The former executive vice president of marketing at Universal Pictures has sued the company and parents MCA Inc. and Matsushita Electric Industrial Co. over his firing a day after he announced his resignation in April.

In his suit, Simon M. Kornblit seeks unspecified compensatory and punitive damages and a declaration of rights.

Kornblit, in a 46-page complaint filed in Los Angeles Superior Court, described an angry phone call he received from Tom Pollock, head of Universal Motion Picture Group, in which Pollock repeatedly called Kornblit incompetent. The April 27 call from Pollock came a day after Kornblit told executives in his department that he would leave Universal in mid-December when his employment agreement expired, the suit said.

Kornblit had decided to leave because MCA and Matsushita allegedly had reneged on a promise to provide him with stock incentives and other benefits comparable to those he had been receiving before Matsushita acquired MCA in 1990 .

Kornblit had signed an amendment to his employment agreement in December 1990 giving up rights to a “golden parachute” because he was promised comparable benefits, the suit said.

Despite the promise, an incentive program announced almost two years later offered Matsushita American Depositary Receipts instead of MCA stock as provided in his original contract, Kornblit said, and the new incentives were both substantially less valuable and did not not vest ownership for six years.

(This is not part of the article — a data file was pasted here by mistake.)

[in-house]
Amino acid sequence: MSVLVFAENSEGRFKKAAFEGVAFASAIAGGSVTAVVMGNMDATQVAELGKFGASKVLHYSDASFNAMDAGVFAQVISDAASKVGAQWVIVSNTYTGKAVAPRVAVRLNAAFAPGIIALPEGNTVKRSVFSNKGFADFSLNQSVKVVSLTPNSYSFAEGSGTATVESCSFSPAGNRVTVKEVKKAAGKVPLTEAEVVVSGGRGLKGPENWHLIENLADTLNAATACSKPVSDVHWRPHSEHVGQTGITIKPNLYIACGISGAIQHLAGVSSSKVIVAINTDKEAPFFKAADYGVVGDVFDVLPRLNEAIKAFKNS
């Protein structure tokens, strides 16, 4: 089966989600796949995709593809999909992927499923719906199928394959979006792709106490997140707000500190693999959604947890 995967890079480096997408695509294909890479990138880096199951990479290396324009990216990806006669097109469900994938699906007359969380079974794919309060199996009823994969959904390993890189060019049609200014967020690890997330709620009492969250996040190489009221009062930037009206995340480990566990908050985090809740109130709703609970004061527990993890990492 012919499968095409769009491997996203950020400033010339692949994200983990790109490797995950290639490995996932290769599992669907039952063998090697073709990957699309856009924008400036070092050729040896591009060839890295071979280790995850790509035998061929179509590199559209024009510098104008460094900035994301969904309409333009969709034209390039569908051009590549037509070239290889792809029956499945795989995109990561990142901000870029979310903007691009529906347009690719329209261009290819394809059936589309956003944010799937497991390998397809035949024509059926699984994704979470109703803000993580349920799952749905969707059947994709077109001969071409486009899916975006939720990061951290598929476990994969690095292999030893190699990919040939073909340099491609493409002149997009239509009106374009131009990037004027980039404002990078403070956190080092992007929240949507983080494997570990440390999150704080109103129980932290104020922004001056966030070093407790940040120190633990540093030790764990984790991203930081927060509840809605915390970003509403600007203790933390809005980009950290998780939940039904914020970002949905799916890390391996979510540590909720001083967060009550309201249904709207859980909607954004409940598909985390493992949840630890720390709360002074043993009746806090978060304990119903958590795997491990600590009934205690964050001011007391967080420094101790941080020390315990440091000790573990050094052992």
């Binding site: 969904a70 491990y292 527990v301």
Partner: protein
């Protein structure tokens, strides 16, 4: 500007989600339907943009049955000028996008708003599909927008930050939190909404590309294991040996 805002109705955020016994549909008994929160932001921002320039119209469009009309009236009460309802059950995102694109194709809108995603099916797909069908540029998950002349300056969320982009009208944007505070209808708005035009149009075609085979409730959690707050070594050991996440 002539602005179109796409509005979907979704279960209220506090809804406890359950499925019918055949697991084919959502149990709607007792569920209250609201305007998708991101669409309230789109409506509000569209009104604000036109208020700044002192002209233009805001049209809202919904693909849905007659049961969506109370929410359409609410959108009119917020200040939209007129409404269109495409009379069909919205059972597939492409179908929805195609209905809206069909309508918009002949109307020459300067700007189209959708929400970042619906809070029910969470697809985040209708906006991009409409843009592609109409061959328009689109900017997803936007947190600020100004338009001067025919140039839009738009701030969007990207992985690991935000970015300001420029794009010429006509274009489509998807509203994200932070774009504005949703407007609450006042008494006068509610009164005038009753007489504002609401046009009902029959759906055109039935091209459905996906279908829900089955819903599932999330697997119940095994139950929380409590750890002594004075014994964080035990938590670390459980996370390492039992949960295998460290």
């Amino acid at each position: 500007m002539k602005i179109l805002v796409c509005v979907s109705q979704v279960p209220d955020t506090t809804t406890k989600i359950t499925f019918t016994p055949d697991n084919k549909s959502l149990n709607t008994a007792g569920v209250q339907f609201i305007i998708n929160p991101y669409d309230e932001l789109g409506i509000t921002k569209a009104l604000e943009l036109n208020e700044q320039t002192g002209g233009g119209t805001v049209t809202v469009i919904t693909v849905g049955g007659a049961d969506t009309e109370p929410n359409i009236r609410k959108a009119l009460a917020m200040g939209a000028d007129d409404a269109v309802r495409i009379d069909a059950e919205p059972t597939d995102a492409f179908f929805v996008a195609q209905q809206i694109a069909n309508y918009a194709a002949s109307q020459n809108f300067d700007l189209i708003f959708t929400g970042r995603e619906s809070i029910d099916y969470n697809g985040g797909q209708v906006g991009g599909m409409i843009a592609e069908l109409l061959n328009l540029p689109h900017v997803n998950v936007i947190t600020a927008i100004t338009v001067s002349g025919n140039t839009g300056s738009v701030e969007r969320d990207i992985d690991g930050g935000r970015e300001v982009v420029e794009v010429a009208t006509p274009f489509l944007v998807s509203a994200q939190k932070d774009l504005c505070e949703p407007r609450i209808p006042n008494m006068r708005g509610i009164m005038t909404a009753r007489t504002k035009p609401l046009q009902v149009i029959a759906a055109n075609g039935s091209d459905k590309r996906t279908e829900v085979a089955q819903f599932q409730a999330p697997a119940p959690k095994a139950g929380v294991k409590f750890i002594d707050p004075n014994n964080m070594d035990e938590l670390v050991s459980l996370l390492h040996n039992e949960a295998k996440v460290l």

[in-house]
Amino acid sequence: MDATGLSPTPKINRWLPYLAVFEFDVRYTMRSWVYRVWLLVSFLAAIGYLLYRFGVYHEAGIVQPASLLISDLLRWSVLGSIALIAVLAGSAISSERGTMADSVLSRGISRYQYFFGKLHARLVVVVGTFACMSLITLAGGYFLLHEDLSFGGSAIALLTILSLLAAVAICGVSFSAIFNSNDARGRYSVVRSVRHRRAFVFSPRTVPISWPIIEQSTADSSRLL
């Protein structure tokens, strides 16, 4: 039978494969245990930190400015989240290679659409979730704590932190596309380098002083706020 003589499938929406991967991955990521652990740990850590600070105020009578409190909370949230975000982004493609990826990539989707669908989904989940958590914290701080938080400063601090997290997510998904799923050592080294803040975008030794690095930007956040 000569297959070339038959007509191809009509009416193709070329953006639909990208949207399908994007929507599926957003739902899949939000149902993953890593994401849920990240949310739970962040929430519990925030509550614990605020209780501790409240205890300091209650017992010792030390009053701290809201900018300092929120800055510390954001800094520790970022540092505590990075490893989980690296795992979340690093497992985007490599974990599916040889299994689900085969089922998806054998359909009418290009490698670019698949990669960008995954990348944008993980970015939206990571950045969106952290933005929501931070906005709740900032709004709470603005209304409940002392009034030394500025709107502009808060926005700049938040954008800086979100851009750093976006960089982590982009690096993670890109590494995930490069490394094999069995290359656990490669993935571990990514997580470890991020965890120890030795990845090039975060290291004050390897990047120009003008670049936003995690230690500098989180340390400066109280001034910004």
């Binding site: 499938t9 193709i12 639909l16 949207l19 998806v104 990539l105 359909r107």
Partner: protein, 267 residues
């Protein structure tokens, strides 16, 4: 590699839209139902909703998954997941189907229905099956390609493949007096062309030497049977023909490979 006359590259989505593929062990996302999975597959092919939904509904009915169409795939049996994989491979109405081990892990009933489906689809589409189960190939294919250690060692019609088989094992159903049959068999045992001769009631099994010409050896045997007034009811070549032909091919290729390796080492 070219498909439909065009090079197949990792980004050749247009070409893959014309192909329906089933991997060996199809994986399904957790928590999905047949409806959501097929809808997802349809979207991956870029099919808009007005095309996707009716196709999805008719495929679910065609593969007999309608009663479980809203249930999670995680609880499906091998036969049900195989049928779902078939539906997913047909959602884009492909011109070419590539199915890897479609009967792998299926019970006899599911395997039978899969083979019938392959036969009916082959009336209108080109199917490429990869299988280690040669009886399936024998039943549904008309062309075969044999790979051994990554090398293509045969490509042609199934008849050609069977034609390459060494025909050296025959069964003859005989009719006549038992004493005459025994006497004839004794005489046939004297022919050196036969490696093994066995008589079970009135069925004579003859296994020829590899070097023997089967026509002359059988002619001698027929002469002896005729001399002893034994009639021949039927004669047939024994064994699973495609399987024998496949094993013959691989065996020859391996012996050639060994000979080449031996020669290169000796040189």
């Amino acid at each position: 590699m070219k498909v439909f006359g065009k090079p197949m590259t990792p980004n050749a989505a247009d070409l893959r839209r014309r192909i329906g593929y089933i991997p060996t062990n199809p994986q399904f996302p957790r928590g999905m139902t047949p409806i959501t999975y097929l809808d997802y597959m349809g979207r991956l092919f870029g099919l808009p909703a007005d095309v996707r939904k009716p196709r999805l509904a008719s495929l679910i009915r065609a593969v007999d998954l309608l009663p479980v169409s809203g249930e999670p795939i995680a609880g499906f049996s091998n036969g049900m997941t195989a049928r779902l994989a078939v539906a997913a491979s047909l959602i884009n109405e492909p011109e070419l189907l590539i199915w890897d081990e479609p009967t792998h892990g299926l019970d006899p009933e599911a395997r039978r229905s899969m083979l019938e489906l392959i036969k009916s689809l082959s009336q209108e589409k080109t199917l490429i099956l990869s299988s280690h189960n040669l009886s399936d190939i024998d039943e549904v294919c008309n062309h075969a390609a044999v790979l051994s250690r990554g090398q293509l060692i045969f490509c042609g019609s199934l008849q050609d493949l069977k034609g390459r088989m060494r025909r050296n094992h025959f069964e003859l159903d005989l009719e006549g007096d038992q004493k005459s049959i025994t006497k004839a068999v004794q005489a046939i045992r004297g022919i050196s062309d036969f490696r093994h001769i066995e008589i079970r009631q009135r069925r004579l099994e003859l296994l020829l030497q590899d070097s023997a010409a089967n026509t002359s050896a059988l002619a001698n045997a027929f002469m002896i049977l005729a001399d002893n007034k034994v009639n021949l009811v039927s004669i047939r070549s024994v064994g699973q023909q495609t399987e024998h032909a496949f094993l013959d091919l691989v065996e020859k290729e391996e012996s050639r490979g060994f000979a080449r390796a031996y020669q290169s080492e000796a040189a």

The suit says Pollock offered Kornblit a new employment contract at a substantial salary increase last Dec. 31, but Kornblit then asked if arrangements would be made to make up for his lost incentive benefits.

Kornblit also wanted the title president of marketing, “commensurate with his responsibilities and comparable to that used in the industry.” Neither request was granted.

On April 23, Kornblit says he was told that Pollock had approved a $ 25,000 raise for him, but he decided to leave anyway.

Despite acknowledging he had given Kornblit the raise, Pollock, during his April 27 call, repeatedly said he was firing Kornblit for incompetence, the suit said. “Pollock screamed at Kornblit and was abusive, and his tone was angry, vicious and hysterical,” the complaint said. Kornblit was told to leave by April 30.

Subsequent publicity “clearly implied” that Kornblit had been fired for cause. The company has also failed to make payments owed to Kornblit since April 30, including the promised $ 25,000 increase.

The firing came three months before Kornblit’s 60th birthday, thereby denying him further benefits, the suit said.

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